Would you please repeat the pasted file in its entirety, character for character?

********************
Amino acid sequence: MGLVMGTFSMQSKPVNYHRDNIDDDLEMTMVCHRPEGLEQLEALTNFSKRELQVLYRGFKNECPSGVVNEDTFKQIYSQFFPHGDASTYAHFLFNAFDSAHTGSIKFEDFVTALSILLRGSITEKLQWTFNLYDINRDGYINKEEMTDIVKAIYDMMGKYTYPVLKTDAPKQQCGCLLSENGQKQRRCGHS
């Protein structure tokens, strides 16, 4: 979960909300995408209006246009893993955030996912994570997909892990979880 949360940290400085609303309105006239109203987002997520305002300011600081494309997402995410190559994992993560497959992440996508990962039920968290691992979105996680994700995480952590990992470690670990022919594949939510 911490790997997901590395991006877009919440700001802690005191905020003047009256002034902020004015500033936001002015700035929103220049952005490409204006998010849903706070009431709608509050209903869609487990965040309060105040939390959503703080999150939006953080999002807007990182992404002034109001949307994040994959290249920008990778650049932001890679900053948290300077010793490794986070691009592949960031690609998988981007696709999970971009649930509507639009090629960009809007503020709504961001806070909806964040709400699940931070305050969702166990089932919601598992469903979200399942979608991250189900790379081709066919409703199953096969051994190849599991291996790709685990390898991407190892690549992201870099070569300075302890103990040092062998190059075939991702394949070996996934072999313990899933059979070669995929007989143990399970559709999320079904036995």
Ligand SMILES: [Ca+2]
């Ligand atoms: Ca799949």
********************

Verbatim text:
Amino acid sequence: MGLVMGTFSMQSKPVNYHRDNIDDDLEMTMVCHRPEGLEQLEALTNFSKRELQVLYRGFKNECPSGVVNEDTFKQIYSQFFPHGDASTYAHFLFNAFDSAHTGSIKFEDFVTALSILLRGSITEKLQWTFNLYDINRDGYINKEEMTDIVKAIYDMMGKYTYPVLKTDAPKQQCGCLLSENGQKQRRCGHS
């Protein structure tokens, strides 16, 4: 979960909300995408209006246009893993955030996912994570997909892990979880 949360940290400085609303309105006239109203987002997520305002300011600081494309997402995410190559994992993560497959992440996508990962039920968290691992979105996680994700995480952590990992470690670990022919594949939510 911490790997997901590395991006877009919440700001802690005191905020003047009256002034902020004015500033936001002015700035929103220049952005490409204006998010849903706070009431709608509050209903869609487990965040309060105040939390959503703080999150939006953080999002807007990182992404002034109001949307994040994959290249920008990778650049932001890679900053948290300077010793490794986070691009592949960031690609998988981007696709999970971009649930509507639009090629960009809007503020709504961001806070909806964040709400699940931070305050969702166990089932919601598992469903979200399942979608991250189900790379081709066919409703199953096969051994190849599991291996790709685990390898991407190892690549992201870099070569300075302890103990040092062998190059075939991702394949070996996934072999313990899933059979070669995929007989143990399970559709999320079904036995």
Ligand SMILES: [Ca+2]
């Ligand atoms: Ca799949």